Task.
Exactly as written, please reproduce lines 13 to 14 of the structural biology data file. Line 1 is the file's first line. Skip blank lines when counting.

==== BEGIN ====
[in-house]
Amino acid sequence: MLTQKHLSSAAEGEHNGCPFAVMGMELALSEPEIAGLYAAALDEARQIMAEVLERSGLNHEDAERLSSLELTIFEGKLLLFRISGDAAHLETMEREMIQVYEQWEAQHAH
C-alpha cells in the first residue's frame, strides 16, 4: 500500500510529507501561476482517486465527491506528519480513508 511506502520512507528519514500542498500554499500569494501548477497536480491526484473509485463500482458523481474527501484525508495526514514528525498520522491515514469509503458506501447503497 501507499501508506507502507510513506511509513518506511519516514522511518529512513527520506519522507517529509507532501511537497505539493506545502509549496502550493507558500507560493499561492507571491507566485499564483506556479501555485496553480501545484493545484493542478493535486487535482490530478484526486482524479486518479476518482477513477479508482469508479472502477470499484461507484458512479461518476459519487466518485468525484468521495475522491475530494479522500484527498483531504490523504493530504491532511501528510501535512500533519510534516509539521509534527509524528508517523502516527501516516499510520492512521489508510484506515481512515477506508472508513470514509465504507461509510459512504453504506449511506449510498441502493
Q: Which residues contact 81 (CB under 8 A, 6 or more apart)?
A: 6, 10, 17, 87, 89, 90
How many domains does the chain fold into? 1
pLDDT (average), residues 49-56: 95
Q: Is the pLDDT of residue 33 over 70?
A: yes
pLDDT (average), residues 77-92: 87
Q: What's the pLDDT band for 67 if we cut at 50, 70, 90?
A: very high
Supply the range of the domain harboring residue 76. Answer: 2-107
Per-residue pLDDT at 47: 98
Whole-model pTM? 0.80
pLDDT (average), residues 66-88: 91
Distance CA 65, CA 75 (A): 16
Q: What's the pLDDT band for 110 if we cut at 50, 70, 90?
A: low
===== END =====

Supply the range of the domain harboring residue 76. Answer: 2-107
Per-residue pLDDT at 47: 98